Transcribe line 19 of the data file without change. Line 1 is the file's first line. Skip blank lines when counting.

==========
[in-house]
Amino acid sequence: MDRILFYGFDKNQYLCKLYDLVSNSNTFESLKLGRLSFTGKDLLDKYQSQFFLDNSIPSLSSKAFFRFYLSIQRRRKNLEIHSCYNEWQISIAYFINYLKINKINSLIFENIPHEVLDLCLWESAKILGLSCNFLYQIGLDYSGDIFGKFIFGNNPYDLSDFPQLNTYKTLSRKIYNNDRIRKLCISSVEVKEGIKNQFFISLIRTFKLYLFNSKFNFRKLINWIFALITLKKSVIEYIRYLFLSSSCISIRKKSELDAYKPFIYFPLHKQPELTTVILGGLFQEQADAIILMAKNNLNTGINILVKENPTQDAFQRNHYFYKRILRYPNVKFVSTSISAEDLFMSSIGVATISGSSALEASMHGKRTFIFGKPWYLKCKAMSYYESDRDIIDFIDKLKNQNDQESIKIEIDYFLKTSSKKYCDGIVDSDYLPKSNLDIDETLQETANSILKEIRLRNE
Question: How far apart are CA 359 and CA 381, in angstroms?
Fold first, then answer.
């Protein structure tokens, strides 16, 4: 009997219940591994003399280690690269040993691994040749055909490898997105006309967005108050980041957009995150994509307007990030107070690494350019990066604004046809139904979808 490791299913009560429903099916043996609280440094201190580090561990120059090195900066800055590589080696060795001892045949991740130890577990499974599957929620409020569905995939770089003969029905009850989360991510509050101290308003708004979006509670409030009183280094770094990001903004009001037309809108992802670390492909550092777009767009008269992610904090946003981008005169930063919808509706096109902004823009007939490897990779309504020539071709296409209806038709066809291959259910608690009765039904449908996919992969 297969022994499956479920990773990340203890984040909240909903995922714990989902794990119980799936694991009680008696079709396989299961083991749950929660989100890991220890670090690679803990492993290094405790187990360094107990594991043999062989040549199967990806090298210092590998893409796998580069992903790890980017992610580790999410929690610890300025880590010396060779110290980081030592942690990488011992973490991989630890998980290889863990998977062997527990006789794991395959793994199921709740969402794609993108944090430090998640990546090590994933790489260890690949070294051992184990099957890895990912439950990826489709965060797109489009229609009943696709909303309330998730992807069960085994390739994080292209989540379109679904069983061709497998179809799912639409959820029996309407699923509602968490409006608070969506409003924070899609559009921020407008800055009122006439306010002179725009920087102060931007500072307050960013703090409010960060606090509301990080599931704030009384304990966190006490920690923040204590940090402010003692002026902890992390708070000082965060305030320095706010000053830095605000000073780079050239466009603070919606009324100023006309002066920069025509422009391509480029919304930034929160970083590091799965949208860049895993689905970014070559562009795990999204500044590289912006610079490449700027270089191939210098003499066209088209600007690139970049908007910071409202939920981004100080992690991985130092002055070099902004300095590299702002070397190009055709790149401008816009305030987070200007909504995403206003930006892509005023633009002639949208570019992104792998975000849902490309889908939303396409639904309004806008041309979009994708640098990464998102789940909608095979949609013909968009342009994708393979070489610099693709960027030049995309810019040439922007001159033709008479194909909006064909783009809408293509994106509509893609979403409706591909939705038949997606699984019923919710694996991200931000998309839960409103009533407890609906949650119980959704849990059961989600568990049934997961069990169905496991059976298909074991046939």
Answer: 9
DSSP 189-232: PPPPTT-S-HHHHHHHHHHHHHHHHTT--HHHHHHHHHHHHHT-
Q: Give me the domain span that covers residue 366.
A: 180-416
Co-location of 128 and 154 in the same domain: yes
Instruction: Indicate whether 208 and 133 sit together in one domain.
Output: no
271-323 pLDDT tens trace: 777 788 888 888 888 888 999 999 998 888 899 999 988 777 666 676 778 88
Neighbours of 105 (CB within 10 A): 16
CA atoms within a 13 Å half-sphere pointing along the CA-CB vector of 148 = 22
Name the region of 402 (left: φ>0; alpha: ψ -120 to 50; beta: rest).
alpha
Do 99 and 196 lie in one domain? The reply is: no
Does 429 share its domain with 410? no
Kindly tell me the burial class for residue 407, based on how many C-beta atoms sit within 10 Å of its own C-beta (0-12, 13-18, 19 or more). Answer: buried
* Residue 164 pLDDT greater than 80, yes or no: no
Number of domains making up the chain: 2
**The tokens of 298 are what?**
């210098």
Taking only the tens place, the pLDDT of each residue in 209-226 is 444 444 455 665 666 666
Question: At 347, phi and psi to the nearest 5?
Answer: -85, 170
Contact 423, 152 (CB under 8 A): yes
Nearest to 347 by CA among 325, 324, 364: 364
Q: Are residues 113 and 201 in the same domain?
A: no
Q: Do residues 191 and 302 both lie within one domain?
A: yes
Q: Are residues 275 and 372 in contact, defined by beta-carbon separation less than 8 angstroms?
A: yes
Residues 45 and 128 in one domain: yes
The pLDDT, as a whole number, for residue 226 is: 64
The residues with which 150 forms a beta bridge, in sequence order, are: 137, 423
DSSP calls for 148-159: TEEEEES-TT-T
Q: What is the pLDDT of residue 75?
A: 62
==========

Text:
Does 429 share its domain with 410? no